Click on images for a larger view.
How Do I Search the Collection?[edit | edit source]
When searching it is helpful to know:
- Your ancestor's name
- Age and or residence
- An estimated event year
- A parent's name
Search the Index[edit | edit source]Search by name by visiting the Collection Details Page.
- Fill in the search boxes in the Search Collection section with the information you know
- Click Search to show possible matches
How Do I Analyze the Results?[edit | edit source]
Compare each result from your search with what you know to determine if there is a match. This may require viewing multiple records or images. Keep track of your research in a research log.
What Do I Do Next?[edit | edit source]
Whenever possible, view the original records to verify the information and to find additional information that might not be reported. These pieces of information can lead you to additional records and family members.
I Found Who I Was Looking For, What Now?[edit | edit source]
- Use the age in the record to find an approximate birth year, which will help you find their other records.
- Use the information to find your ancestors in civil records. There may not be census records available but these can help you find additional family members.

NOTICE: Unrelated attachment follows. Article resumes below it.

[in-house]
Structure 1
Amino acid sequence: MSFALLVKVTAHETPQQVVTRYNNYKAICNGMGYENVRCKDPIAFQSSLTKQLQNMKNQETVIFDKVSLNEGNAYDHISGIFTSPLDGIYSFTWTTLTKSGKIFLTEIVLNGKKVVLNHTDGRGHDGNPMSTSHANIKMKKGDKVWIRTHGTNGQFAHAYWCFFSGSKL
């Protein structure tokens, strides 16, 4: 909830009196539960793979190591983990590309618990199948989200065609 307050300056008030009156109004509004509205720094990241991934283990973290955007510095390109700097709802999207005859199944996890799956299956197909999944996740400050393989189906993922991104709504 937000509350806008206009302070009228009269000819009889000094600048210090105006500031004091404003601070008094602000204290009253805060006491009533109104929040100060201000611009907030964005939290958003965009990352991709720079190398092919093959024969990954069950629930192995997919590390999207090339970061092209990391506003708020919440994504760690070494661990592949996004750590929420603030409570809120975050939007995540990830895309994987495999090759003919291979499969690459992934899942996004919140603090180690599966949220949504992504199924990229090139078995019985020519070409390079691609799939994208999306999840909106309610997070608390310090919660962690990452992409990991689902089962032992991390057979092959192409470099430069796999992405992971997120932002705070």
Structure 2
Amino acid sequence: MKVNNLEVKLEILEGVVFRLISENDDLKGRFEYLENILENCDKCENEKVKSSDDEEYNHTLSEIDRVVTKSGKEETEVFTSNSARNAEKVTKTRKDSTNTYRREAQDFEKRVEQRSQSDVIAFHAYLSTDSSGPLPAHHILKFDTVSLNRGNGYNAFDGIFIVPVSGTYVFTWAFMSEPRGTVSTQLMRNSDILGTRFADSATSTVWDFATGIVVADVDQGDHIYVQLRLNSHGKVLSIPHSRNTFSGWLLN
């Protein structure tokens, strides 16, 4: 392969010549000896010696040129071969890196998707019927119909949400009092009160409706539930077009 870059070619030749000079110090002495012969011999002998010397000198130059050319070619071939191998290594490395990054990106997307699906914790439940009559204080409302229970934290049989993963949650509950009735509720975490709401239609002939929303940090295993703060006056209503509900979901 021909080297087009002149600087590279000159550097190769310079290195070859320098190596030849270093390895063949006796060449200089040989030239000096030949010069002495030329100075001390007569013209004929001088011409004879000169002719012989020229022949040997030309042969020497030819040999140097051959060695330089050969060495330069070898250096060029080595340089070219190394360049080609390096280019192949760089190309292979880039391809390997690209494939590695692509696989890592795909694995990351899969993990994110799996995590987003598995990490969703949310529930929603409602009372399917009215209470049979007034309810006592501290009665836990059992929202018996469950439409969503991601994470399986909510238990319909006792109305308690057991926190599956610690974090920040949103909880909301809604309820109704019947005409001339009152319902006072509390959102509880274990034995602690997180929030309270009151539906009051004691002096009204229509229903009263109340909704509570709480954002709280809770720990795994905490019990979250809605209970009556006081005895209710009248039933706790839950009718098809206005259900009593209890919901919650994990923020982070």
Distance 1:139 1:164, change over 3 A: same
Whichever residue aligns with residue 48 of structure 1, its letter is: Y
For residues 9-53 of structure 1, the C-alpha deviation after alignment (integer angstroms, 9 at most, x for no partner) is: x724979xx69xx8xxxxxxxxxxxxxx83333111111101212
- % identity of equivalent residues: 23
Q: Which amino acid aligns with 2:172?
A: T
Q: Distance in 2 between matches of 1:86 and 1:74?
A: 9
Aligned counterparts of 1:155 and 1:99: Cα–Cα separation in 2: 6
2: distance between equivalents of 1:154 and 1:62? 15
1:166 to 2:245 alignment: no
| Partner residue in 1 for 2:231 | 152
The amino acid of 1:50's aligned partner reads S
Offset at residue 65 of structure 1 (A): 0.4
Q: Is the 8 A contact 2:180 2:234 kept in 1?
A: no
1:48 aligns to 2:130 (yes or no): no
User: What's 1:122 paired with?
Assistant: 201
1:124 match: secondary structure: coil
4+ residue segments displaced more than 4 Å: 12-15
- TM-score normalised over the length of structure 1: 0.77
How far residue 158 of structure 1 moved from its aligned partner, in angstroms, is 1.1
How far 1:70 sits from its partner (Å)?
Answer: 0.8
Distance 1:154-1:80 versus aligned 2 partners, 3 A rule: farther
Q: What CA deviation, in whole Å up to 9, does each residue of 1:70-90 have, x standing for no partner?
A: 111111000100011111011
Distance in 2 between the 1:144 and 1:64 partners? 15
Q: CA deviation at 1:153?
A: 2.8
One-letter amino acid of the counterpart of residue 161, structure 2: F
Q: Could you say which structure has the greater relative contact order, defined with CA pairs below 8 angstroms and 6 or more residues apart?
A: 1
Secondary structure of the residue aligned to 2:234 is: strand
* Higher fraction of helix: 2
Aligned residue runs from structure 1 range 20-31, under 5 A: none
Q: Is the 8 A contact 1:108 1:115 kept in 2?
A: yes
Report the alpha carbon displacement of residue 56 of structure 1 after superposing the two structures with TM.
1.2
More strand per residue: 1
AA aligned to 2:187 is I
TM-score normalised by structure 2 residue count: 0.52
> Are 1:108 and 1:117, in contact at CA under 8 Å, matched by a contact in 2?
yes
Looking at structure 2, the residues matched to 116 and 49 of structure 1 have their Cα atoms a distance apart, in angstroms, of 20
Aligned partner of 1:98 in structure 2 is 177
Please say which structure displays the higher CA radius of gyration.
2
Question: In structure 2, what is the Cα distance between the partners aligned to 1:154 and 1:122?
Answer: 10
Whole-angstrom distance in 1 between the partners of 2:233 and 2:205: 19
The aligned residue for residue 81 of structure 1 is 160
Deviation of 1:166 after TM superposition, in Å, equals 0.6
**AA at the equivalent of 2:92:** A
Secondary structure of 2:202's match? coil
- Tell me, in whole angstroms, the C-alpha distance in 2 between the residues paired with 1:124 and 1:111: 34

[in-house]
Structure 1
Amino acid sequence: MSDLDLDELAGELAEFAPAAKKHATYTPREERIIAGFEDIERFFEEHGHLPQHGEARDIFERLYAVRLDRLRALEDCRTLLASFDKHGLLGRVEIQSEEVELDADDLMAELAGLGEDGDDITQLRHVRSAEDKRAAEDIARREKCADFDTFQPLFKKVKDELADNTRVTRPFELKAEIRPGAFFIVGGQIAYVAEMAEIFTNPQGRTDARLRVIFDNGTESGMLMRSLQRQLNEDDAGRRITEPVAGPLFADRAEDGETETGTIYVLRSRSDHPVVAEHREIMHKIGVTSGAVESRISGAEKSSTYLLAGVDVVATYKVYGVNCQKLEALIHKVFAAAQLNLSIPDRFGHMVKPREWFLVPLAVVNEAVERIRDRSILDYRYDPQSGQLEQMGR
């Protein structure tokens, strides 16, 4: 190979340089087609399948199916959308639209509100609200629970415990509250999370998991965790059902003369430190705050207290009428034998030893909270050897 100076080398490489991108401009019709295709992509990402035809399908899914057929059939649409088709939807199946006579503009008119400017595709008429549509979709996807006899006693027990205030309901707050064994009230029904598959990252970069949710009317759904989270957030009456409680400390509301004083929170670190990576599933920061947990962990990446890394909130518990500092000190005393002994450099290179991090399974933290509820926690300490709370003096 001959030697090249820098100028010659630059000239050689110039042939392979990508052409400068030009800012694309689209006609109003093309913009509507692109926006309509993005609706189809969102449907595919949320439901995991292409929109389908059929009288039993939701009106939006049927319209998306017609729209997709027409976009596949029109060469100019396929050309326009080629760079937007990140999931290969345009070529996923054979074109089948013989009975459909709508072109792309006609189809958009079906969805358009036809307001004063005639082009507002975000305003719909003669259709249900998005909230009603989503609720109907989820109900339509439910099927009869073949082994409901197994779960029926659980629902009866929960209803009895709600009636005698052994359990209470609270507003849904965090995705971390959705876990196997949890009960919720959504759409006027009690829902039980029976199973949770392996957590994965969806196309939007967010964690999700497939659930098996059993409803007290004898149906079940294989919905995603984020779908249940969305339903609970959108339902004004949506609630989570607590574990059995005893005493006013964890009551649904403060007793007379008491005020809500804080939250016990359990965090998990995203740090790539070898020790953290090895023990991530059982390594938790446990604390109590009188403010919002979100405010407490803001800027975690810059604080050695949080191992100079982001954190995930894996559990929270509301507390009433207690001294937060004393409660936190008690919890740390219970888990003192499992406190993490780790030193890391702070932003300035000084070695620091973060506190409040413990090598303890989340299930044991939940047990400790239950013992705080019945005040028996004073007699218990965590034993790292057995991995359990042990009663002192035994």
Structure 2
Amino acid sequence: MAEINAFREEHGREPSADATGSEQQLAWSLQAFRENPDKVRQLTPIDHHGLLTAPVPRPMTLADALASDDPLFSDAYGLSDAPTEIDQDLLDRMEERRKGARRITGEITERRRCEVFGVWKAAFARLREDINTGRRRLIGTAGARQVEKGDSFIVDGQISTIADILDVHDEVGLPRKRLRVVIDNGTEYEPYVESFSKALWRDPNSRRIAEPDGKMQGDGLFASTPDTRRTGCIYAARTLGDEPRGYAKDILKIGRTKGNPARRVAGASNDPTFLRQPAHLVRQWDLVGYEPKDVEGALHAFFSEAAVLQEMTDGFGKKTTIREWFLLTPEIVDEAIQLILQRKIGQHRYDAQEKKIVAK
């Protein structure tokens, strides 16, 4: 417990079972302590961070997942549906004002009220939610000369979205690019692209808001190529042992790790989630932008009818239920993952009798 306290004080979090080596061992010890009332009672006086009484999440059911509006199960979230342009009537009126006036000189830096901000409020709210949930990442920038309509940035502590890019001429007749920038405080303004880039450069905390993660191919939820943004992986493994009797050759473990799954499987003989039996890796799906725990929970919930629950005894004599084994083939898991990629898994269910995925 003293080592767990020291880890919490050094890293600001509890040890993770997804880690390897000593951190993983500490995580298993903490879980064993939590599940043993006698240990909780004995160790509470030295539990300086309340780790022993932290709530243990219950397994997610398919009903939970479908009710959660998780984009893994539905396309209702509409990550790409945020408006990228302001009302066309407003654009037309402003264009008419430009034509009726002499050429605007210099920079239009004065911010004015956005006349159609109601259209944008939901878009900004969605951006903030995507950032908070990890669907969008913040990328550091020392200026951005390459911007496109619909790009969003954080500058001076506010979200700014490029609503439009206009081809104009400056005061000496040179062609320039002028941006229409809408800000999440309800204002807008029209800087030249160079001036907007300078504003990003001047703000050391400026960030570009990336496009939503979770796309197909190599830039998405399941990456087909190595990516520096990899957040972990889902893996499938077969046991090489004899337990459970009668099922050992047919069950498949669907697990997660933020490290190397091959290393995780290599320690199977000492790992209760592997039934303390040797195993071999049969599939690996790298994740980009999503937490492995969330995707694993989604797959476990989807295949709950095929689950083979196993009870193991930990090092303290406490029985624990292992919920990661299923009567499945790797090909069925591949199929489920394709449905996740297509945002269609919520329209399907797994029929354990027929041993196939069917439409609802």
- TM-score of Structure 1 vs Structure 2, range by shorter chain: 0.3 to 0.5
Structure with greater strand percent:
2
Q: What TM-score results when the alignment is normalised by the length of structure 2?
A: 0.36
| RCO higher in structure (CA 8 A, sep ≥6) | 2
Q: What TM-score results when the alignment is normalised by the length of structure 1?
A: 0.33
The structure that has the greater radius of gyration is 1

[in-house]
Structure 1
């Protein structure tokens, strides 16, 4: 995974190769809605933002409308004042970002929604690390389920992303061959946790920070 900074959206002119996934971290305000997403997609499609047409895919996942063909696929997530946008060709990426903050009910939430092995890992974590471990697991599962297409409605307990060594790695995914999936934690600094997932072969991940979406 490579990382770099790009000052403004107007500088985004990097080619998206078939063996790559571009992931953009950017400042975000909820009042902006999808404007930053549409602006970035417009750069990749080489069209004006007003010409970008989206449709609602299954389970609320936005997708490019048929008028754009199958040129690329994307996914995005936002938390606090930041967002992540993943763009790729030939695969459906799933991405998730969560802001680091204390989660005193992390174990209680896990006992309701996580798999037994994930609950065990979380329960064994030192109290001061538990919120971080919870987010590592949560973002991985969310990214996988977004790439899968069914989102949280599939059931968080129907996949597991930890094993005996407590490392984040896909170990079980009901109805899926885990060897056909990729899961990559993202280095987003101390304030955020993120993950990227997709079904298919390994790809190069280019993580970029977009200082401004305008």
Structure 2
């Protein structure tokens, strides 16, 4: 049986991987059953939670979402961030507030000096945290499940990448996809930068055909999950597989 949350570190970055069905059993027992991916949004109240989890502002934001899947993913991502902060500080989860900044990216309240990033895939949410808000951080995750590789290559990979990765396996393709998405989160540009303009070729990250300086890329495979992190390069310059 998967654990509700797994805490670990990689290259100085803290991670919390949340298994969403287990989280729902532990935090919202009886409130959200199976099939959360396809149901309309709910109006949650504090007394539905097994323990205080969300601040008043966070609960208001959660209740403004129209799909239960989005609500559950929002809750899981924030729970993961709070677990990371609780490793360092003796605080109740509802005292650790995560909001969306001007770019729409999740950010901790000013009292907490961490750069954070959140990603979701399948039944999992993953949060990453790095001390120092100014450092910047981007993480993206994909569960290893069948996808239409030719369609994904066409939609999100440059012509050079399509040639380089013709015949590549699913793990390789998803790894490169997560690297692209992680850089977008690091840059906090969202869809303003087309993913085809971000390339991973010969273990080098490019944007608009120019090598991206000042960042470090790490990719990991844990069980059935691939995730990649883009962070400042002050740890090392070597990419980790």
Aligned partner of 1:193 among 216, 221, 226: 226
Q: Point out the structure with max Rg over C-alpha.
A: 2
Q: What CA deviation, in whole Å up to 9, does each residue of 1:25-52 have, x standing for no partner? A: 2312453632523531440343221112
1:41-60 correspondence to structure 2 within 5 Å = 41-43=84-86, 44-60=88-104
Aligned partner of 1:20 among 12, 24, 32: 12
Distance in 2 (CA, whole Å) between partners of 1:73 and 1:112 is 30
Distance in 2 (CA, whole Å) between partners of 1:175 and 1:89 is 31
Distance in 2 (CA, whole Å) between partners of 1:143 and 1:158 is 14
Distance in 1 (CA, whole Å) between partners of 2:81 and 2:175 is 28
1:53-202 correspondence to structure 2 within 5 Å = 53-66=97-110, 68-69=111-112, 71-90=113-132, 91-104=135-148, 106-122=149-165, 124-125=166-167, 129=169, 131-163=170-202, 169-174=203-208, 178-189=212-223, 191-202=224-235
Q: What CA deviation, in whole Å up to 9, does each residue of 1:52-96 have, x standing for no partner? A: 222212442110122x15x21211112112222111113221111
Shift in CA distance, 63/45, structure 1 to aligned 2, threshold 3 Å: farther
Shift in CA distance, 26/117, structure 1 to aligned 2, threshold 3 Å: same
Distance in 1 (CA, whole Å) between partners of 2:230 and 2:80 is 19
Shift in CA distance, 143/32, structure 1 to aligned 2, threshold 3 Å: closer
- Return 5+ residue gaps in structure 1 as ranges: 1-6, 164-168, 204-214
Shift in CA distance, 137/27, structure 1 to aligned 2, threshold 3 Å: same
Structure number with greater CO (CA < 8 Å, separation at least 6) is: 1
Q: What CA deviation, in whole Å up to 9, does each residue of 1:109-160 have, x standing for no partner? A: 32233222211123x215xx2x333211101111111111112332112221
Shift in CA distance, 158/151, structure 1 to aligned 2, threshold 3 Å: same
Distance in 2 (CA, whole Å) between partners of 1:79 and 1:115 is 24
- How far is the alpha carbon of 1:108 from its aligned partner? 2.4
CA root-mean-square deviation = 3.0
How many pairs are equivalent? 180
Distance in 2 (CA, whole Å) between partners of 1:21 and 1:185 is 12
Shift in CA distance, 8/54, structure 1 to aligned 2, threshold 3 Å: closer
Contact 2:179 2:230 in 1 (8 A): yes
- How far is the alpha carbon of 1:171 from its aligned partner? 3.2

- Repeat this process with additional family members found to find more generations of the family.
I Can’t Find the Person I’m Looking For, What Now?[edit | edit source]
- Consult the Austria Record Finder to find other records
- Try viewing the original record to see if there were errors in the transcription of the name, age, residence, etc.
- If you cannot locate your ancestor in the locality in which you believe they lived, then try searching records of a nearby locality in an area search.
- Standard spelling of names typically did not exist during the periods our ancestors lived in. Try variations of your ancestor’s name while searching the index or browsing through images.
- Remember that sometimes individuals alternated between using first and middle names
Research Helps[edit | edit source]
The following articles will help you in your research for your family in Austria.
Citing This Collection[edit | edit source]
Citations help you keep track of places you have searched and sources you have found. Identifying your sources helps others find the records you used.
The citation for this collection can be found on the Collection Details Page in the section Citing this Collection.
When looking at a record, the citation can be viewed by clicking the drop-down arrow next to Document Information.
How Can I Contribute to the FamilySearch Wiki?[edit | edit source]
|We welcome user additions to FamilySearch Historical Records wiki articles. We are looking for additional information that will help readers understand the topic and better use the available records. We also need translations for collection titles and images in articles about records written in languages other than English. For specific needs, please visit WikiProject FamilySearch Historical Records.|
Please follow these guidelines as you make changes. Thank you for any contributions you may provide.